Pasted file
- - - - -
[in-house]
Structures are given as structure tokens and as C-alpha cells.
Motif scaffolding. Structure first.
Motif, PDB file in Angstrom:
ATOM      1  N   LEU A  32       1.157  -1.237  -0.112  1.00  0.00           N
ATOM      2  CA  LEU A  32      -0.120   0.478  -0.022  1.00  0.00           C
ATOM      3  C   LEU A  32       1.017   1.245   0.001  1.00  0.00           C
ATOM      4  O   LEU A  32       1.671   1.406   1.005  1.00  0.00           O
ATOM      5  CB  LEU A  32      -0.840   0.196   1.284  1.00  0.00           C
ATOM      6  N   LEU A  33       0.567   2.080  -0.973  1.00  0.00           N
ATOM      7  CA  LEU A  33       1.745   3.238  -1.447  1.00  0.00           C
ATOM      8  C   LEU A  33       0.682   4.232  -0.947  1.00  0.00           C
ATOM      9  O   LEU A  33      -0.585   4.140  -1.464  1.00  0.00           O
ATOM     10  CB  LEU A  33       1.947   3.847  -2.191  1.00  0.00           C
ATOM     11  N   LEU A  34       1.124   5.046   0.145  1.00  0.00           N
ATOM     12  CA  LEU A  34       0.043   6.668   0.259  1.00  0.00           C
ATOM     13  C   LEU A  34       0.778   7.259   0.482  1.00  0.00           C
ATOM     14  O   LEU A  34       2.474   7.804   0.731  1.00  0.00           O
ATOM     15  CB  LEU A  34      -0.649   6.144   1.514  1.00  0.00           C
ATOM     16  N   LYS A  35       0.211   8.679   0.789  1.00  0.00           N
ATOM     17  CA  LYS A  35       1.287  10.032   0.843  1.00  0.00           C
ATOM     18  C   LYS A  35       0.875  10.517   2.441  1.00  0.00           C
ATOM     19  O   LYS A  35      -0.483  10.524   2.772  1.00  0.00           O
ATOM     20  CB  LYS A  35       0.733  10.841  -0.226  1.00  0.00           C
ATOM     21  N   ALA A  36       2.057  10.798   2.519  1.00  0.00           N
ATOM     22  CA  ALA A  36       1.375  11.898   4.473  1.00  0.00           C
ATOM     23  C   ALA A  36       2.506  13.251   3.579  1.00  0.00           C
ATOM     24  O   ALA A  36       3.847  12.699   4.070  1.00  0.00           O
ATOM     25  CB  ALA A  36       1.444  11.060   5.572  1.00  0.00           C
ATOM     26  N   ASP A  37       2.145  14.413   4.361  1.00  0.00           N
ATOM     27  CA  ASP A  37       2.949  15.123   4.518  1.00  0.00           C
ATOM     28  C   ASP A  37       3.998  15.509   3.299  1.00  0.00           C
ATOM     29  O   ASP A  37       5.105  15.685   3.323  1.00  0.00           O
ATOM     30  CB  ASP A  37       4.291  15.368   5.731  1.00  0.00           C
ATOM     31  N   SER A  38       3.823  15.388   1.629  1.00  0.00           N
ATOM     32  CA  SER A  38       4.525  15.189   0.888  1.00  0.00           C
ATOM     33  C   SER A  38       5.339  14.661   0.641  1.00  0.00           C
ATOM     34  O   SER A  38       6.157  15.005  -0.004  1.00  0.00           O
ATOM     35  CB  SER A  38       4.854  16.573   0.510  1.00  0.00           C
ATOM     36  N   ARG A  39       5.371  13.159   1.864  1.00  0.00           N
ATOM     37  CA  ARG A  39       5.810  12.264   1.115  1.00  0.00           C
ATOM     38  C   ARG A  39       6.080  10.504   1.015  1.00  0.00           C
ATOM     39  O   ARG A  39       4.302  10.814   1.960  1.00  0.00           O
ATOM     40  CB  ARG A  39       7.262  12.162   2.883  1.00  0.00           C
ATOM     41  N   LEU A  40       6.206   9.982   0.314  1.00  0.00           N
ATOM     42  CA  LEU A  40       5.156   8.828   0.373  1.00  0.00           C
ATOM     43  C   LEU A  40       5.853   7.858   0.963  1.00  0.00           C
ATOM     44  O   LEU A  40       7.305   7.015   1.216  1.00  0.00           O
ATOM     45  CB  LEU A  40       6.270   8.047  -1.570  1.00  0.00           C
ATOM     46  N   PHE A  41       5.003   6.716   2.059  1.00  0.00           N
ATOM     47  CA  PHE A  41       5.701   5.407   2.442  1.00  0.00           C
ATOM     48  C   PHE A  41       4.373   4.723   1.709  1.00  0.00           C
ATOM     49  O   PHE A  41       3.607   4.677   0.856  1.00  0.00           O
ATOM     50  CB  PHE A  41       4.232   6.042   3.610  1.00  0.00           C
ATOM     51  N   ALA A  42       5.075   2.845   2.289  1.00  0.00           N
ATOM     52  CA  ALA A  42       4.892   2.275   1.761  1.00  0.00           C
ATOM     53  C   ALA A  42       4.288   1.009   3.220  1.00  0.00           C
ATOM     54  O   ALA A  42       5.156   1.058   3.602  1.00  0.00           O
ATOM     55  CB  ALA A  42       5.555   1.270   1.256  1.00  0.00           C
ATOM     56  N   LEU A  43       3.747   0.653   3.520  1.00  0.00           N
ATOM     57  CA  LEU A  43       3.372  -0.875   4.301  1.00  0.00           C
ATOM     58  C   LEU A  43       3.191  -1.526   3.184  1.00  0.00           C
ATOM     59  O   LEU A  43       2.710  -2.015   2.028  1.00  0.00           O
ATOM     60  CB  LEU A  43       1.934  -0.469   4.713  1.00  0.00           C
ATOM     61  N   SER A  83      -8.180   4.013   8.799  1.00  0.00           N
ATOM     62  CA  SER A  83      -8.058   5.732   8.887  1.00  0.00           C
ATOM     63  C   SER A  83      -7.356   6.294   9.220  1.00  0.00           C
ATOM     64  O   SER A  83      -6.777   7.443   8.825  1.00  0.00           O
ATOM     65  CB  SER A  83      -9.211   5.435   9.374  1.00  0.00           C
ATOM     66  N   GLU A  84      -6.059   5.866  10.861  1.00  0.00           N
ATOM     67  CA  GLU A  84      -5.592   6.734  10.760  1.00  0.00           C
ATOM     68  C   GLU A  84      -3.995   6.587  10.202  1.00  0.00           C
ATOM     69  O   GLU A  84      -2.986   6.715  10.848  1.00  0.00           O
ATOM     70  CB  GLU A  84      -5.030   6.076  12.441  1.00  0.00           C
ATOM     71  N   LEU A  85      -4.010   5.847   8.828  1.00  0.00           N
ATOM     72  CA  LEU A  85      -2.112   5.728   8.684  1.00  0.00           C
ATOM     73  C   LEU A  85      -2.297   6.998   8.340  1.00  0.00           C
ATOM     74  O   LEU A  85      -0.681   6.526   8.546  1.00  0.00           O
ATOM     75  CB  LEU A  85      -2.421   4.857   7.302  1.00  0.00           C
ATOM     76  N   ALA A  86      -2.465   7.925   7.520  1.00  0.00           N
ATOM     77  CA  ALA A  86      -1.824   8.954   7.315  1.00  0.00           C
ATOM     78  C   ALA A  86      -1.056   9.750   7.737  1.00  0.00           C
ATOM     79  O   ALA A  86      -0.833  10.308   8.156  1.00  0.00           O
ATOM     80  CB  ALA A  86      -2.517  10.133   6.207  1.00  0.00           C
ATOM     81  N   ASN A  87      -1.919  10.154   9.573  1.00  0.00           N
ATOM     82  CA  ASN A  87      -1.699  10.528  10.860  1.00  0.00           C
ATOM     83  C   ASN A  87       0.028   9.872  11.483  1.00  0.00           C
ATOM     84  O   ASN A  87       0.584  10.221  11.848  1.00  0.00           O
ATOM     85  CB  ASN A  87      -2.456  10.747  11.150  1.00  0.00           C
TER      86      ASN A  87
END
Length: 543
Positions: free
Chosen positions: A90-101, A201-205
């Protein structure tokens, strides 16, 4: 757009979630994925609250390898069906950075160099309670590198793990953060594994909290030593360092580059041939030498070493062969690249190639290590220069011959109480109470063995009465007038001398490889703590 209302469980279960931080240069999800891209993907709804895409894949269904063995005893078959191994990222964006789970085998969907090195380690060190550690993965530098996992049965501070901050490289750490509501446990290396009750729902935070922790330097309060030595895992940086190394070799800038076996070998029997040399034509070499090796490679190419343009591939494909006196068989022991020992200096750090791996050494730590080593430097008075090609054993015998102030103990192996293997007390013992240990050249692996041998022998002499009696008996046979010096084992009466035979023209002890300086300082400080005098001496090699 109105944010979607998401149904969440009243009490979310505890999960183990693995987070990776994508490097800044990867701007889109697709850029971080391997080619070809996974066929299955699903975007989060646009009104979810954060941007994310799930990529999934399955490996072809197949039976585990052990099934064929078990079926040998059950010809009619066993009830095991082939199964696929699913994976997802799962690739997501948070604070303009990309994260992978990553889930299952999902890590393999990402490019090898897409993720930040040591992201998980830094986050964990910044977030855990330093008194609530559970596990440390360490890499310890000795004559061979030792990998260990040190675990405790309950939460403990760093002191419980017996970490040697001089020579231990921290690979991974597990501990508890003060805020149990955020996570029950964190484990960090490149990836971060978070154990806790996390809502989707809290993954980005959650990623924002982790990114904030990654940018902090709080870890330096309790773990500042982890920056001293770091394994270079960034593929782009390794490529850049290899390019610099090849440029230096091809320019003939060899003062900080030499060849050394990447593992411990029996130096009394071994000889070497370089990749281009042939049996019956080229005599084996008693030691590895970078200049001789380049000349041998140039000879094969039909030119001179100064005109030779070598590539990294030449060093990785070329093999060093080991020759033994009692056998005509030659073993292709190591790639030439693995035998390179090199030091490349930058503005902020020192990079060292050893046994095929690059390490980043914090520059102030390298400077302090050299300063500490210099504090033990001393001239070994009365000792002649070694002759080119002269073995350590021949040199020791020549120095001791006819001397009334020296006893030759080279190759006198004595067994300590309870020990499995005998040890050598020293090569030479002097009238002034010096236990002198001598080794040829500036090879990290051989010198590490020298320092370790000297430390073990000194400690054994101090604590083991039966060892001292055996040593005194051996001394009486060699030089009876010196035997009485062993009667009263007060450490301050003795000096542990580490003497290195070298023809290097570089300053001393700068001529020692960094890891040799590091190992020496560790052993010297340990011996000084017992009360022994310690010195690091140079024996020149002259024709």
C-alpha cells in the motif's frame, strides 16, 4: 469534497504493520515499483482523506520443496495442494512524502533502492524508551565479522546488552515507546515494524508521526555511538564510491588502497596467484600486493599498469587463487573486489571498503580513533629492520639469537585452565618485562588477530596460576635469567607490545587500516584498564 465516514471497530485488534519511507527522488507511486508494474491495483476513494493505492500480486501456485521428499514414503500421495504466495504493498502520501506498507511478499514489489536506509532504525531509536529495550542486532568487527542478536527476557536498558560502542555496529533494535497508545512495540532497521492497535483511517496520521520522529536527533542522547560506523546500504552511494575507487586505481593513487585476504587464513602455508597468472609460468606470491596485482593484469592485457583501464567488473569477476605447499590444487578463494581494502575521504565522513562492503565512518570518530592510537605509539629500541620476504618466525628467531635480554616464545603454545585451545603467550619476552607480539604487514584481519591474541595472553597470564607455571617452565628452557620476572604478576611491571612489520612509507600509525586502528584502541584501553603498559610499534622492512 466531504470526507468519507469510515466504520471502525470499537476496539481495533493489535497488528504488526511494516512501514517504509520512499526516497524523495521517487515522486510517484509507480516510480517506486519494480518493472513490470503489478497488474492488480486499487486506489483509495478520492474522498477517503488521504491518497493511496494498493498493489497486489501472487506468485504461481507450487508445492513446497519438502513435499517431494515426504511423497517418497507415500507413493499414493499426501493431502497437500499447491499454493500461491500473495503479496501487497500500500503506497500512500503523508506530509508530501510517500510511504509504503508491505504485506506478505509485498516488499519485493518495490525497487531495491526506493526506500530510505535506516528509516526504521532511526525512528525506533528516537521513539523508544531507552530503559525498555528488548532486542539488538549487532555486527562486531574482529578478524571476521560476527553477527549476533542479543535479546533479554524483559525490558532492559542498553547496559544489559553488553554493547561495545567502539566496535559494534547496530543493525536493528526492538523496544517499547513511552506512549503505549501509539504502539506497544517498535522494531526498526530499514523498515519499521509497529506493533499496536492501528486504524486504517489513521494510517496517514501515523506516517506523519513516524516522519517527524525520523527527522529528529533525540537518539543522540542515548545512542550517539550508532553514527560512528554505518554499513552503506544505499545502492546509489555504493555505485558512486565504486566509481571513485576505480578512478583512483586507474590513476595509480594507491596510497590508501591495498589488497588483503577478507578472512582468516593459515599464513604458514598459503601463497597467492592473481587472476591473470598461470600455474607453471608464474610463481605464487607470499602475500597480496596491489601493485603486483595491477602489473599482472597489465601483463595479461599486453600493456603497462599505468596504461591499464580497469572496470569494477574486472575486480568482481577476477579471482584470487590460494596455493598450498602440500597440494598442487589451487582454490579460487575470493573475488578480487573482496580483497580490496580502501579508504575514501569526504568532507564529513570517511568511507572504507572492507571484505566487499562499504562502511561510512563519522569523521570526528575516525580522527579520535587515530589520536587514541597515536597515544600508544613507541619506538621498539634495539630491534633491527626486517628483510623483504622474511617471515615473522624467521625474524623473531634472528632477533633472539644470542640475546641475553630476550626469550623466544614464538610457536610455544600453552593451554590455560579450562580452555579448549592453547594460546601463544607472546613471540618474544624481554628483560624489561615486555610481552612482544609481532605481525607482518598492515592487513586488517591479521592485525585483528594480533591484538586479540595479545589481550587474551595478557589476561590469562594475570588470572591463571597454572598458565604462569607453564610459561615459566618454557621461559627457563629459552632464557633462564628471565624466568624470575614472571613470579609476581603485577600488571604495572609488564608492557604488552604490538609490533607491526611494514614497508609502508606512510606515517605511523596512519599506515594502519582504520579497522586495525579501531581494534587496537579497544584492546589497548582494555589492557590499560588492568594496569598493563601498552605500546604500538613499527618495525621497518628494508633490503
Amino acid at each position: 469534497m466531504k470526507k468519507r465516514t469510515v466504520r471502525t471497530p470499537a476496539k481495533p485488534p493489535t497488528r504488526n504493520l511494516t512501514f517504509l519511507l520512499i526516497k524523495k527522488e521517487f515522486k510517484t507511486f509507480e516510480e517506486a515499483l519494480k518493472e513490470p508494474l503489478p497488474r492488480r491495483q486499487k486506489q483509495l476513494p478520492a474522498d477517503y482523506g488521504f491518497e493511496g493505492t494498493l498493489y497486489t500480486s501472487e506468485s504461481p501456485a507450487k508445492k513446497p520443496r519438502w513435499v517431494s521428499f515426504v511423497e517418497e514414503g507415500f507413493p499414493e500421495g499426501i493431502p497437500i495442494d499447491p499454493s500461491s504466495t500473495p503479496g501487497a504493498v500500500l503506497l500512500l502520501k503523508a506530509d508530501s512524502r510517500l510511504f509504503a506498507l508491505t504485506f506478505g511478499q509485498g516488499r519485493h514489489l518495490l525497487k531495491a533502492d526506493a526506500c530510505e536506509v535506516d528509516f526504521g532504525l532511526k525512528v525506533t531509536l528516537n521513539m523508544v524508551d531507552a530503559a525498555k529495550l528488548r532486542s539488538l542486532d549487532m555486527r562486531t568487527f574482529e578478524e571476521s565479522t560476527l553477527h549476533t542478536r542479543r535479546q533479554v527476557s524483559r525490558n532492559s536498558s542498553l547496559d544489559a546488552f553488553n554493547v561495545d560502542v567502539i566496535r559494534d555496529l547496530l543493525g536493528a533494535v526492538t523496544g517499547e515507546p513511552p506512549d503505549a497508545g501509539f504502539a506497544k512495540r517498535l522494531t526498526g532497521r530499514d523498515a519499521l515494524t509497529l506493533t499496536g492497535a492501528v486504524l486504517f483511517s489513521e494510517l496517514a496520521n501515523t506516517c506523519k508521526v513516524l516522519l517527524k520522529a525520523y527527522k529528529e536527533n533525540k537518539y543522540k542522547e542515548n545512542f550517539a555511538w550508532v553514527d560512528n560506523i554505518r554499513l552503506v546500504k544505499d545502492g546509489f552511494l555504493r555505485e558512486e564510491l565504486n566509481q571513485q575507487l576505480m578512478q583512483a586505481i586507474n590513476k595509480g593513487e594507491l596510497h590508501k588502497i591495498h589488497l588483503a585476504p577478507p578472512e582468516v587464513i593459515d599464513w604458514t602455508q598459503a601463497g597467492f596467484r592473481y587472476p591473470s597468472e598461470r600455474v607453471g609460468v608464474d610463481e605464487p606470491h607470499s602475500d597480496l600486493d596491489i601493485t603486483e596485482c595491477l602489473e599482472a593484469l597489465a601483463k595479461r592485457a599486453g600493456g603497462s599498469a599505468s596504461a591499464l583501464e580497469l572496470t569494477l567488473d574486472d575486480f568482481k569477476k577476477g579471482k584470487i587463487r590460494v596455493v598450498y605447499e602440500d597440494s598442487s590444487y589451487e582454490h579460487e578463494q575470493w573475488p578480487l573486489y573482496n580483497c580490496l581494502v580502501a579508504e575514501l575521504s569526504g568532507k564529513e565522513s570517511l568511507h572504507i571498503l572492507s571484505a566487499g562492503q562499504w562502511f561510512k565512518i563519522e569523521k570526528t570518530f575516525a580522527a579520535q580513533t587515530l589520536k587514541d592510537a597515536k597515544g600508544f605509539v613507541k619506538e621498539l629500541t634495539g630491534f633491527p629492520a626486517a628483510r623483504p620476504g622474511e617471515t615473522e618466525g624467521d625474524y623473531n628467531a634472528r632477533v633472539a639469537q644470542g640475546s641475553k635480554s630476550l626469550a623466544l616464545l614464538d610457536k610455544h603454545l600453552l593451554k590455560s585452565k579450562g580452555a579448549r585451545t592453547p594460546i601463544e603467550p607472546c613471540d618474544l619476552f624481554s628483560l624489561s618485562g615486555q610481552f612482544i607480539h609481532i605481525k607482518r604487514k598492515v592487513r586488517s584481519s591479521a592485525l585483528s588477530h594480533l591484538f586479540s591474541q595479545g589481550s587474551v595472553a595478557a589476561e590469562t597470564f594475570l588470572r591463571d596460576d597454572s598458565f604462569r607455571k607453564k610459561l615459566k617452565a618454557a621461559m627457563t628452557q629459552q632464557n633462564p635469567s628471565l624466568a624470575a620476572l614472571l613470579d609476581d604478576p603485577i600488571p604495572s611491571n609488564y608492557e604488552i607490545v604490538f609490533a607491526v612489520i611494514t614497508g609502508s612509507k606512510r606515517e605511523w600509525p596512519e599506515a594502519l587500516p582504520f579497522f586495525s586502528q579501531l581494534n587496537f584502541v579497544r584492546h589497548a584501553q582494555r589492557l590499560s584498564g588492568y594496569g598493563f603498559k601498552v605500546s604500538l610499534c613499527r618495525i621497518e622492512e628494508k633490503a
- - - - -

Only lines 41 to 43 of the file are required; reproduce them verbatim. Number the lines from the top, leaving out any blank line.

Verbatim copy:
ATOM     37  CA  ARG A  39       5.810  12.264   1.115  1.00  0.00           C
ATOM     38  C   ARG A  39       6.080  10.504   1.015  1.00  0.00           C
ATOM     39  O   ARG A  39       4.302  10.814   1.960  1.00  0.00           O